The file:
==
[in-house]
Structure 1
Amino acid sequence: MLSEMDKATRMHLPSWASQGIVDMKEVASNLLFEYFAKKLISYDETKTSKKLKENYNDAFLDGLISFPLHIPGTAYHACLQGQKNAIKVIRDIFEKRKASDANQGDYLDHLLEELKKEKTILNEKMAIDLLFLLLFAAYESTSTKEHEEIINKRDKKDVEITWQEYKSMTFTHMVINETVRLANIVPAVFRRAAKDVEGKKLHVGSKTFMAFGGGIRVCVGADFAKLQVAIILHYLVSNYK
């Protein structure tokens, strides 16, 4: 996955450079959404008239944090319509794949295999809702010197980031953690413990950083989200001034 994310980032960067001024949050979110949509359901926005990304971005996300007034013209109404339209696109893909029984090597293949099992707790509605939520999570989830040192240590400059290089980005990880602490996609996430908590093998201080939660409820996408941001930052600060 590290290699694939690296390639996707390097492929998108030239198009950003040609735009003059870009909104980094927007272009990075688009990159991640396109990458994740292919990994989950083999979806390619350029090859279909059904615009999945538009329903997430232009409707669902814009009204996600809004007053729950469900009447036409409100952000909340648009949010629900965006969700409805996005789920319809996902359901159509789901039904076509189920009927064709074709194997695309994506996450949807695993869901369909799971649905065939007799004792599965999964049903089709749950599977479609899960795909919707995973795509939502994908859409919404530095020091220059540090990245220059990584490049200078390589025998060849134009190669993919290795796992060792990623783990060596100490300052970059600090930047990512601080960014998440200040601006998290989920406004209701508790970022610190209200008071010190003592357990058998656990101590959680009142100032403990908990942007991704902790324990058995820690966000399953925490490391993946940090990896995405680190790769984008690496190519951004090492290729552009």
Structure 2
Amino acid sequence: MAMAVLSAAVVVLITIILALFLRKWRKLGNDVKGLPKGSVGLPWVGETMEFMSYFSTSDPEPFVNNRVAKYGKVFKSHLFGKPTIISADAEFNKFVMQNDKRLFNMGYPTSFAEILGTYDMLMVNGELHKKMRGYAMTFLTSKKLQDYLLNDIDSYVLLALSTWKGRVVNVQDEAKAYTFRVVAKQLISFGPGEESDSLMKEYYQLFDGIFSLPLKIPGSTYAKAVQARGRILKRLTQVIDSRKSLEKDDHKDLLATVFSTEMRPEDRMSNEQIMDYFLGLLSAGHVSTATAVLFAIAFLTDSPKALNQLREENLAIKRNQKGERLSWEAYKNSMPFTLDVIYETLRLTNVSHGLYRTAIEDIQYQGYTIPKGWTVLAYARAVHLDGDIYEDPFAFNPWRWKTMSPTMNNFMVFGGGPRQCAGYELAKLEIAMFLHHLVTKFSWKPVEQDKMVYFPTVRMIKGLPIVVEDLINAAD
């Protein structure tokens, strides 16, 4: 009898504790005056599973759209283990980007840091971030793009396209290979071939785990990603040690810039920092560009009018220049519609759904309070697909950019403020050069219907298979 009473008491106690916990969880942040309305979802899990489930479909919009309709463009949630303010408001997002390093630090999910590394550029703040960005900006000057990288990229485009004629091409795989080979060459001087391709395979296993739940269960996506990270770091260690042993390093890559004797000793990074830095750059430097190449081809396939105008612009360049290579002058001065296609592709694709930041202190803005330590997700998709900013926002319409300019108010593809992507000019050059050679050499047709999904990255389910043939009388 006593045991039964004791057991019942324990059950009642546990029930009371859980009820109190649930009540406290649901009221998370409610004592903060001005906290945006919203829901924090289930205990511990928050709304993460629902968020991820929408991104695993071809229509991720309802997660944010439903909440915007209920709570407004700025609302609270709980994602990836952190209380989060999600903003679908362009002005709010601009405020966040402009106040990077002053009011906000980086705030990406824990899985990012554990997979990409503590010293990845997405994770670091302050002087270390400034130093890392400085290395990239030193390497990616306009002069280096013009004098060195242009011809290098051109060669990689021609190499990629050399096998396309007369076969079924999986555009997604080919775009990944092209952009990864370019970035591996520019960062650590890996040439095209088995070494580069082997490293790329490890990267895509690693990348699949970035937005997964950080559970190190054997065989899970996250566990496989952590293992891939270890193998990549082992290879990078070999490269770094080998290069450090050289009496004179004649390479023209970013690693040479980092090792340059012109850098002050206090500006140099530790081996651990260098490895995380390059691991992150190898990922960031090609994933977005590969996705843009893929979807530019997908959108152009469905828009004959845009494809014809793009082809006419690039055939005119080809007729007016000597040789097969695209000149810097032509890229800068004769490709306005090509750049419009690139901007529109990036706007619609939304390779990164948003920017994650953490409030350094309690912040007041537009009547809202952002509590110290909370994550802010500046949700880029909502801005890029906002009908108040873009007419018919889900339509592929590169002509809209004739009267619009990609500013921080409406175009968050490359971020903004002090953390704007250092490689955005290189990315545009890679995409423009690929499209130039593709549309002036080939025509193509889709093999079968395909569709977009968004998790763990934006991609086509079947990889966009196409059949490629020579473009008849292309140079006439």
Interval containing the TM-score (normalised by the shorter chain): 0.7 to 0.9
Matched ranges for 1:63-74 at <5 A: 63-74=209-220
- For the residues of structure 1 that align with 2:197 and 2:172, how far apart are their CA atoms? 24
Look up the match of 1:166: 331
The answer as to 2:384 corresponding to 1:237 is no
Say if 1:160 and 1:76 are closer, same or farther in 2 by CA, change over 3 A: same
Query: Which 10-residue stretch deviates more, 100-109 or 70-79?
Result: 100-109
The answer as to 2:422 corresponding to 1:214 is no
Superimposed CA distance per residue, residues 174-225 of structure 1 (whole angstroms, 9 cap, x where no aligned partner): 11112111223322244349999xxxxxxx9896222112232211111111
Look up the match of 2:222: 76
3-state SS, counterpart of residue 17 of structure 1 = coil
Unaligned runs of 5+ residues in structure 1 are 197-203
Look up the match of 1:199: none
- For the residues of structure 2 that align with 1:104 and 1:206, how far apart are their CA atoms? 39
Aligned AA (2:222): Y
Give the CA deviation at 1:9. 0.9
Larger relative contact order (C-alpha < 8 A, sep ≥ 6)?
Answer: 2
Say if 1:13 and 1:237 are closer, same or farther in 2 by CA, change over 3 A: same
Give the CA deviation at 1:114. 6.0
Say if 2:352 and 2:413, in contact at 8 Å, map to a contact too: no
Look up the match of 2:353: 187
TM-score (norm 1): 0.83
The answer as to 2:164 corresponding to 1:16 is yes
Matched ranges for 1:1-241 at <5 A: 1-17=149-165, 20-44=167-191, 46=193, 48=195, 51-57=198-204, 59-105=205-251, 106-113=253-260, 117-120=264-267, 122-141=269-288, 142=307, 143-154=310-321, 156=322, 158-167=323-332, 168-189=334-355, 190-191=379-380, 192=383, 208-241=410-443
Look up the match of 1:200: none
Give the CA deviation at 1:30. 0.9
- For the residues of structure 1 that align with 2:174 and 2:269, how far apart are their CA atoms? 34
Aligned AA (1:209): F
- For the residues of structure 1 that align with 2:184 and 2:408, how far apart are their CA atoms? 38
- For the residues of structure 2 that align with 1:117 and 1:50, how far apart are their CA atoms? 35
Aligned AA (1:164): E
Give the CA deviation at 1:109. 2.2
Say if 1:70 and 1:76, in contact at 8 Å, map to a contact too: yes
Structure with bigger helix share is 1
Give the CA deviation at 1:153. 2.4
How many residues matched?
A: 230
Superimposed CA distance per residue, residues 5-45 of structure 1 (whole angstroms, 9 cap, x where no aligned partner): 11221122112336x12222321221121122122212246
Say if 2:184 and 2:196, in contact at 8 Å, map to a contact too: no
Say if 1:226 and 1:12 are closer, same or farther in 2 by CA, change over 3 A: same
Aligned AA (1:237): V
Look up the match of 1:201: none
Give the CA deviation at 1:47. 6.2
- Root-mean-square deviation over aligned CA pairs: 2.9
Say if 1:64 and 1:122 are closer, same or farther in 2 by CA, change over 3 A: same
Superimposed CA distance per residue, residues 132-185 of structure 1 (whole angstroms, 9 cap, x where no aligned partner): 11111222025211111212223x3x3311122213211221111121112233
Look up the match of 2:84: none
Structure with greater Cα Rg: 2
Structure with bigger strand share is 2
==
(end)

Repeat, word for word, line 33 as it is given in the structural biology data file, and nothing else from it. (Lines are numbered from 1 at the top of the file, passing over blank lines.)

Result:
Matched ranges for 1:1-241 at <5 A: 1-17=149-165, 20-44=167-191, 46=193, 48=195, 51-57=198-204, 59-105=205-251, 106-113=253-260, 117-120=264-267, 122-141=269-288, 142=307, 143-154=310-321, 156=322, 158-167=323-332, 168-189=334-355, 190-191=379-380, 192=383, 208-241=410-443